Natasha and Other Stories

David Bezmozgis captures the immigrant experience with wit and sympathy in this collection of stories.

David Bezmozgis

This collection of sharply observed, linked short stories chronicles the experience of the Bermans, a family of Russian Jews struggling to adapt to a new life in suburban Toronto. Learning a new language and getting used to different customs prove a challenge for Mark and his parents, Roman and Bella. Both heartfelt and wryly humorous, Natasha and Other Stories offers a memorable take on the immigrant story.

Natasha and Other Stories was a finalist for Canada Reads 2007, when it was defended by Steven Page.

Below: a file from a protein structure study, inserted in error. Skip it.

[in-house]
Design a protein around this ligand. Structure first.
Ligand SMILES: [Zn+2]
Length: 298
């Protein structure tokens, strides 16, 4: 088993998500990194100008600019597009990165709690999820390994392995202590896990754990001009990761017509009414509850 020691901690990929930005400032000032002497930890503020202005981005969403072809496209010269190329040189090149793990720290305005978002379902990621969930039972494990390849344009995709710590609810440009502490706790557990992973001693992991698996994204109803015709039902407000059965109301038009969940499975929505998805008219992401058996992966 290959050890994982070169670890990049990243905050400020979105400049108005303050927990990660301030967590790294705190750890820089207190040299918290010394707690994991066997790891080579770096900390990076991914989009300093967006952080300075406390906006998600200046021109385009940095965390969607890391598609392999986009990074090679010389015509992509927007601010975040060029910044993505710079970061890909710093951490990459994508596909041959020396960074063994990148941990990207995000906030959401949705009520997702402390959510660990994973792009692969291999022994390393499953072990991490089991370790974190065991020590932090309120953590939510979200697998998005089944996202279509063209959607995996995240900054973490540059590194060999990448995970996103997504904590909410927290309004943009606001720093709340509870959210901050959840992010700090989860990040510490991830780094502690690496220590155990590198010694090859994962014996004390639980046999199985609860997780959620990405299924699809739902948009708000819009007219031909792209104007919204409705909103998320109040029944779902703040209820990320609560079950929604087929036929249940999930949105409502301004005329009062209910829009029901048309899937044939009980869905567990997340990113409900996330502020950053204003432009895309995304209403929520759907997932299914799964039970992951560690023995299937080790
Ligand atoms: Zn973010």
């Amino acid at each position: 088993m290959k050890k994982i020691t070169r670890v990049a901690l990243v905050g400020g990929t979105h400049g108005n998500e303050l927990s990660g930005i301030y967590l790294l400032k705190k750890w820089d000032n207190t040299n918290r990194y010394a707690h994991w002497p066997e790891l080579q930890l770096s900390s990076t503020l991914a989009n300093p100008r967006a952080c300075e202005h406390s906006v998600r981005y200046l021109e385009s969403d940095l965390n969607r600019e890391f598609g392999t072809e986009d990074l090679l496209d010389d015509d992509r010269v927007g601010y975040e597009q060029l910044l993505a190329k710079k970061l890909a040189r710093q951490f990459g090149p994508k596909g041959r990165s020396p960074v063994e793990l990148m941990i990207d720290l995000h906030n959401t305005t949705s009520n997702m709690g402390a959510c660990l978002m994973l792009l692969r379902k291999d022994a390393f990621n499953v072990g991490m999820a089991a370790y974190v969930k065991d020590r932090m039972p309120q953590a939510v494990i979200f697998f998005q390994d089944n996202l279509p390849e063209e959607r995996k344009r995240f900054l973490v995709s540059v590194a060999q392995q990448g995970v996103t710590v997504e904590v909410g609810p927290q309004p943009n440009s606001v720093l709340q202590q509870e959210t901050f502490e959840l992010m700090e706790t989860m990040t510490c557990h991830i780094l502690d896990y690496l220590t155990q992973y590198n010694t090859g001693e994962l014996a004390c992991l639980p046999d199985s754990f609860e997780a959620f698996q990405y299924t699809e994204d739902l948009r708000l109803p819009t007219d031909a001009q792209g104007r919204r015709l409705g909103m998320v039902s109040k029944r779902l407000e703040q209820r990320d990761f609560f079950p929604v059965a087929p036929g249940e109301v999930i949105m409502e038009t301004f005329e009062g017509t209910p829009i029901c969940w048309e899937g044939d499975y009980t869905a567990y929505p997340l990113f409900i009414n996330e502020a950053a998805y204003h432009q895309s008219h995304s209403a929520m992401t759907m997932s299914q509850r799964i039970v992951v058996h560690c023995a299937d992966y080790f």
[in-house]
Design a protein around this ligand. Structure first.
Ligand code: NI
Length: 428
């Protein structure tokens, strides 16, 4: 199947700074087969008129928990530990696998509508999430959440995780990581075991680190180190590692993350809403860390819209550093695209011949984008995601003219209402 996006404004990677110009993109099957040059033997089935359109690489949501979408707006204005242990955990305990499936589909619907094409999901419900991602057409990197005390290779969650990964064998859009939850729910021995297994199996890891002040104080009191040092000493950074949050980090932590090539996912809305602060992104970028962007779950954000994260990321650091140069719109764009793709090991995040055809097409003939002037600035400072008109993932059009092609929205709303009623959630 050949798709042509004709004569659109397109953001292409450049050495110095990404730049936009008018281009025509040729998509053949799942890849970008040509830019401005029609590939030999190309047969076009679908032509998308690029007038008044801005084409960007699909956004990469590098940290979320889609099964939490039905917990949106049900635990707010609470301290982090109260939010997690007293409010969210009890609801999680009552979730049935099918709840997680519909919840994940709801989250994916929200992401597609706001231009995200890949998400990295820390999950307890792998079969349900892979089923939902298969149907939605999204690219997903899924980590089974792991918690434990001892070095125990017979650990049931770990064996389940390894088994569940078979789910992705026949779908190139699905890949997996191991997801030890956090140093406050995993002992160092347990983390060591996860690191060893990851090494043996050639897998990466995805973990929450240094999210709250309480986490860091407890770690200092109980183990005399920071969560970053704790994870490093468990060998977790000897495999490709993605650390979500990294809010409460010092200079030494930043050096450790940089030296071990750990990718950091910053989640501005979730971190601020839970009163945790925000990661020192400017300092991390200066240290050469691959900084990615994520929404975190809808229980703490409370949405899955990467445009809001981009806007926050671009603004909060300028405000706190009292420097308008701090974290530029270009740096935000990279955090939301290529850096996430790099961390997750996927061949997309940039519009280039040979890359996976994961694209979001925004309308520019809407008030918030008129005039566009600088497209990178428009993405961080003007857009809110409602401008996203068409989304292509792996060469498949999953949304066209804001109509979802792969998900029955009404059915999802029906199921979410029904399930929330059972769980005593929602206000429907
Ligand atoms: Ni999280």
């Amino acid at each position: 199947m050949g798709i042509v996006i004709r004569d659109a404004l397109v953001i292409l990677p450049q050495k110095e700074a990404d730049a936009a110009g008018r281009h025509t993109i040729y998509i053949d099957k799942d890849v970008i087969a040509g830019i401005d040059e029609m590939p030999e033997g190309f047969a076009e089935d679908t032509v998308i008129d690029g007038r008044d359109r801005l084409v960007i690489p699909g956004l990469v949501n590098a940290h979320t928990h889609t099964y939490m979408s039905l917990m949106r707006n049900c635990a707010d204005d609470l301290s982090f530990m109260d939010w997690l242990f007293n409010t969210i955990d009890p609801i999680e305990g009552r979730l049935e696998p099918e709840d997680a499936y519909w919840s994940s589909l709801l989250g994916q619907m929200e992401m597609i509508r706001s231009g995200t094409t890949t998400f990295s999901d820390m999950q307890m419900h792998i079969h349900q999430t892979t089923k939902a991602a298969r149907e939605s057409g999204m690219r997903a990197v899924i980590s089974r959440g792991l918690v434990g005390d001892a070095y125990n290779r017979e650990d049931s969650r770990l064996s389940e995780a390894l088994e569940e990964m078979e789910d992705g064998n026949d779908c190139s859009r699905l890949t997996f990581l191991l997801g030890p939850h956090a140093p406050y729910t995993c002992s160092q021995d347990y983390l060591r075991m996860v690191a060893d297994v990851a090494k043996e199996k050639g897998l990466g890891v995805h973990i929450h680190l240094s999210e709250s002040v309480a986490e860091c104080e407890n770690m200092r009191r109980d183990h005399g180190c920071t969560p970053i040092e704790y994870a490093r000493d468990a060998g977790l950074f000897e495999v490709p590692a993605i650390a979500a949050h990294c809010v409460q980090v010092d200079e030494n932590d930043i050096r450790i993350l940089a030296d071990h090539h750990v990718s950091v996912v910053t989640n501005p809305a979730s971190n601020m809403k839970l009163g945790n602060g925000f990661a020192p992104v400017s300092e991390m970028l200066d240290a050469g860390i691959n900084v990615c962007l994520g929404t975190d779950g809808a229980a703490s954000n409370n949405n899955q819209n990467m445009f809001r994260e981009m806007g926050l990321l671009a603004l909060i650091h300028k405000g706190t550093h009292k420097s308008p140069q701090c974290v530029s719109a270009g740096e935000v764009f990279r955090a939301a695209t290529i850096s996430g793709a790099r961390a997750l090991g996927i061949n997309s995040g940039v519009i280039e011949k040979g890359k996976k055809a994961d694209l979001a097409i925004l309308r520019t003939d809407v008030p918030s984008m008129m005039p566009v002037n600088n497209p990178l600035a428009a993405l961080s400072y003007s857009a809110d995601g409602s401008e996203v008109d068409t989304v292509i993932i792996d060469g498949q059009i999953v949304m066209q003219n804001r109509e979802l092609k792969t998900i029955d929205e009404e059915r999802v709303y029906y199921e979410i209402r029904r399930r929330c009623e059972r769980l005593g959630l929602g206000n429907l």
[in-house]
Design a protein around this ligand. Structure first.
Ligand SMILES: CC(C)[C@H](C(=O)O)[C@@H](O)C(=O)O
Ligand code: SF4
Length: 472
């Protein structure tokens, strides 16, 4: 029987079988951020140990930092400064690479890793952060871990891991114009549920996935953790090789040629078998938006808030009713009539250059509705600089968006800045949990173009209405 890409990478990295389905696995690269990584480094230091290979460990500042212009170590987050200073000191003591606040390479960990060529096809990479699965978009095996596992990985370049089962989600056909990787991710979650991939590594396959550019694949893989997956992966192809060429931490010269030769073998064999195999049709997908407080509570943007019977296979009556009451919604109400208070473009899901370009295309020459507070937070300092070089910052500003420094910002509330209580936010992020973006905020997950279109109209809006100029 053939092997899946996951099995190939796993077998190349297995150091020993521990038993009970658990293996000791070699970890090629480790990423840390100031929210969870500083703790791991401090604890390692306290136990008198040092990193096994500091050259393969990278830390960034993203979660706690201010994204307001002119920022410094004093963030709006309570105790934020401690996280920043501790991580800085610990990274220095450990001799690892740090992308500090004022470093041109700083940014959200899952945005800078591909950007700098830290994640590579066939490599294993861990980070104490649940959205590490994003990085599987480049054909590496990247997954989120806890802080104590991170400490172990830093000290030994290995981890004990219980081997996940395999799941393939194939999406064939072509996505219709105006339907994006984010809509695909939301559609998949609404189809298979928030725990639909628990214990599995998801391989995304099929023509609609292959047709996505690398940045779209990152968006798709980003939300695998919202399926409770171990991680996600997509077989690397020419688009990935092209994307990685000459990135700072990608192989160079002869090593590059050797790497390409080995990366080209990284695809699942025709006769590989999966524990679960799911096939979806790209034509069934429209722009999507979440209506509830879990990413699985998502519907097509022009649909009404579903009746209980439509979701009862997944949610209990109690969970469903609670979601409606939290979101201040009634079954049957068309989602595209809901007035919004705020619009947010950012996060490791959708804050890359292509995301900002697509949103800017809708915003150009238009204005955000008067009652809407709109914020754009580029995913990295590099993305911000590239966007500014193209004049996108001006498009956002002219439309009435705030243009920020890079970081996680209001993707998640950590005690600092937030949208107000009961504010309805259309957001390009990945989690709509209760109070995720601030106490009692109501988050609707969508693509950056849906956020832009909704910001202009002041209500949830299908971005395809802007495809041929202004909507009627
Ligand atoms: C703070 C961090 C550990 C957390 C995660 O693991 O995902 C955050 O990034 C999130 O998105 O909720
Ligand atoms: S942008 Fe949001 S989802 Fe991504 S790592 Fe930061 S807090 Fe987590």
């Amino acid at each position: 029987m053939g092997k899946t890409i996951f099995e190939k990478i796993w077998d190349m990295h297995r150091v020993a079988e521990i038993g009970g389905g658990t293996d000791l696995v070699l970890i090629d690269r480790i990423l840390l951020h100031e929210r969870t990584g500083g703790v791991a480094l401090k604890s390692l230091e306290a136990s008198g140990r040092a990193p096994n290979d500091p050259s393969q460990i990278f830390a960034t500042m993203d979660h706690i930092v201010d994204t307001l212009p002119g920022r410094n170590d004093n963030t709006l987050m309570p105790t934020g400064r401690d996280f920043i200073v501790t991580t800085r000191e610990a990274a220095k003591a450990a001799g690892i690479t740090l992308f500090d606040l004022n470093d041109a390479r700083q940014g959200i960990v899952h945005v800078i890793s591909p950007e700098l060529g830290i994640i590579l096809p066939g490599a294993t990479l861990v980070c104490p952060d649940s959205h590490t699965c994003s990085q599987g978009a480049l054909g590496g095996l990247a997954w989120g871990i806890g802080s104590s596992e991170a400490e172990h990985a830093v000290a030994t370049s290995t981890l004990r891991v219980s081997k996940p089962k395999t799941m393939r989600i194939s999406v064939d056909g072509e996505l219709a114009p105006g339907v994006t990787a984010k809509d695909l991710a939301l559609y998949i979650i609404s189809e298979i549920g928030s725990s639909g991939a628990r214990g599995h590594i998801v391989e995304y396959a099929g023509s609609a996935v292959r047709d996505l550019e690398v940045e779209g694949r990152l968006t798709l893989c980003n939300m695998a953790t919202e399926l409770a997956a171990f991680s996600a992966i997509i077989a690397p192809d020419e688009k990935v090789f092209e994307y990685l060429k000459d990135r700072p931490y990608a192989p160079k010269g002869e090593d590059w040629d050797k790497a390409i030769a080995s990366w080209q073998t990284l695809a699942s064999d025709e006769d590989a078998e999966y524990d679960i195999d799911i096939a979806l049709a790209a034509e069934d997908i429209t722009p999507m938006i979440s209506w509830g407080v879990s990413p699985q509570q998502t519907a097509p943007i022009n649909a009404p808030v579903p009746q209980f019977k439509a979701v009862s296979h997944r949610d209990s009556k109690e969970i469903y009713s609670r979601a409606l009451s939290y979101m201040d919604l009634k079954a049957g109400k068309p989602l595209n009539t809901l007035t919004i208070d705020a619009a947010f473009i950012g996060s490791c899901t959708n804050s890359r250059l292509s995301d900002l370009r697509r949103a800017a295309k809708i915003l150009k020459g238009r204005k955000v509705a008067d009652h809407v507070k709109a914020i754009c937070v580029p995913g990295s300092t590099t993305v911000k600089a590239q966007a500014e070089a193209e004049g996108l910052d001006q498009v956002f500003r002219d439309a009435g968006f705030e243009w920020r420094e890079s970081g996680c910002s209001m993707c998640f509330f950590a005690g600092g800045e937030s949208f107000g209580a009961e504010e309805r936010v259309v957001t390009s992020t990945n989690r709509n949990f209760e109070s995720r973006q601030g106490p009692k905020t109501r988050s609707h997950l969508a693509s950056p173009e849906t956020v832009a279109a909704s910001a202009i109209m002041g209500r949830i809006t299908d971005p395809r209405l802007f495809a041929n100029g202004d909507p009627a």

From the book

Goldfinch was flapping clotheslines, a tenement delirious with striving. 6030 Bathurst: insomniac scheming Odessa. Cedarcroft: reeking borscht in the hallways. My parents, Baltic aristocrats, took an apartment at 715 Finch fronting a ravine and across from an elementary school — one respectable block away from the Russian swarm. We lived on the fifth floor, my cousin, aunt, and uncle directly below us on the fourth. Except for the Nahumovskys, a couple in their fifties, there were no other Russians in the building. For this privilege, my parents paid twenty extra dollars a month in rent.

From Natasha and Other Stories by David Bezmozgis ©2004. Published by HarperCollins Canada.

Interviews with David Bezmozgis

Two time Giller nominee, David Bezmozgis, joined Shad in May of this year to discuss his culturally complex coming of age book, "Natasha and Other Stories" and its adaptation into a feature film. He also delves into the day-to-day hardships of changing homes and the suspicion, even conflict, between waves of immigrants. 17:19

More about Natasha and Other Stories

Other books by David Bezmozgis


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